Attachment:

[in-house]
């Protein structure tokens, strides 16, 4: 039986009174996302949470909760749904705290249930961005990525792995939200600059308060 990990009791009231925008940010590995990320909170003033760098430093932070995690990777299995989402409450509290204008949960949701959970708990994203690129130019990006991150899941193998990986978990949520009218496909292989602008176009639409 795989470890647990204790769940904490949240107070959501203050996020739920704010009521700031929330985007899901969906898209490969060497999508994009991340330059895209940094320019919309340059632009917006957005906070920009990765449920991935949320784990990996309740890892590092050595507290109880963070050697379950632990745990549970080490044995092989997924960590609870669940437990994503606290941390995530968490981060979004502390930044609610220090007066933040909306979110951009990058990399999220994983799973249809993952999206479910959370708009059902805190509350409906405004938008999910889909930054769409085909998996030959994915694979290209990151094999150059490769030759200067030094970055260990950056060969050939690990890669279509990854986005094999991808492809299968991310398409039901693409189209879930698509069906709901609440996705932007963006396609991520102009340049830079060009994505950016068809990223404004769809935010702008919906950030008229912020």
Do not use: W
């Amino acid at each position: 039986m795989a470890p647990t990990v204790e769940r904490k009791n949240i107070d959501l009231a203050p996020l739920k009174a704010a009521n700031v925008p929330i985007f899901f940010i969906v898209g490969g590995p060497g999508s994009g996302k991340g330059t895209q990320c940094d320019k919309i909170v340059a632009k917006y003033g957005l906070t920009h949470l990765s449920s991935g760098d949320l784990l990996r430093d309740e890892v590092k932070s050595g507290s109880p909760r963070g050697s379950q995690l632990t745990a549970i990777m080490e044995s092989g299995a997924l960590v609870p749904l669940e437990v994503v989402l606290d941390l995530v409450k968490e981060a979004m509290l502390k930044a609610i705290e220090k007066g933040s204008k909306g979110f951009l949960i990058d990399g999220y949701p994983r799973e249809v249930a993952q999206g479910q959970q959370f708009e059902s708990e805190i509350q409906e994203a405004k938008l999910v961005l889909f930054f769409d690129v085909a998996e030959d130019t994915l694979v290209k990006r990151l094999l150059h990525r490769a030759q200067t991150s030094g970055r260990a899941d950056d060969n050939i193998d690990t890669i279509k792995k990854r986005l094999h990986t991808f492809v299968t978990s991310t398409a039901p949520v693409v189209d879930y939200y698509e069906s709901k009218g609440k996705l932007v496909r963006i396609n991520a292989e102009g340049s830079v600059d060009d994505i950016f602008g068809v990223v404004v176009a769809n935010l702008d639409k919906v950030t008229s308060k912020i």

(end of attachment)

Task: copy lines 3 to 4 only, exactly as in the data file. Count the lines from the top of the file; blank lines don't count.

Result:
Do not use: W
């Amino acid at each position: 039986m795989a470890p647990t990990v204790e769940r904490k009791n949240i107070d959501l009231a203050p996020l739920k009174a704010a009521n700031v925008p929330i985007f899901f940010i969906v898209g490969g590995p060497g999508s994009g996302k991340g330059t895209q990320c940094d320019k919309i909170v340059a632009k917006y003033g957005l906070t920009h949470l990765s449920s991935g760098d949320l784990l990996r430093d309740e890892v590092k932070s050595g507290s109880p909760r963070g050697s379950q995690l632990t745990a549970i990777m080490e044995s092989g299995a997924l960590v609870p749904l669940e437990v994503v989402l606290d941390l995530v409450k968490e981060a979004m509290l502390k930044a609610i705290e220090k007066g933040s204008k909306g979110f951009l949960i990058d990399g999220y949701p994983r799973e249809v249930a993952q999206g479910q959970q959370f708009e059902s708990e805190i509350q409906e994203a405004k938008l999910v961005l889909f930054f769409d690129v085909a998996e030959d130019t994915l694979v290209k990006r990151l094999l150059h990525r490769a030759q200067t991150s030094g970055r260990a899941d950056d060969n050939i193998d690990t890669i279509k792995k990854r986005l094999h990986t991808f492809v299968t978990s991310t398409a039901p949520v693409v189209d879930y939200y698509e069906s709901k009218g609440k996705l932007v496909r963006i396609n991520a292989e102009g340049s830079v600059d060009d994505i950016f602008g068809v990223v404004v176009a769809n935010l702008d639409k919906v950030t008229s308060k912020i």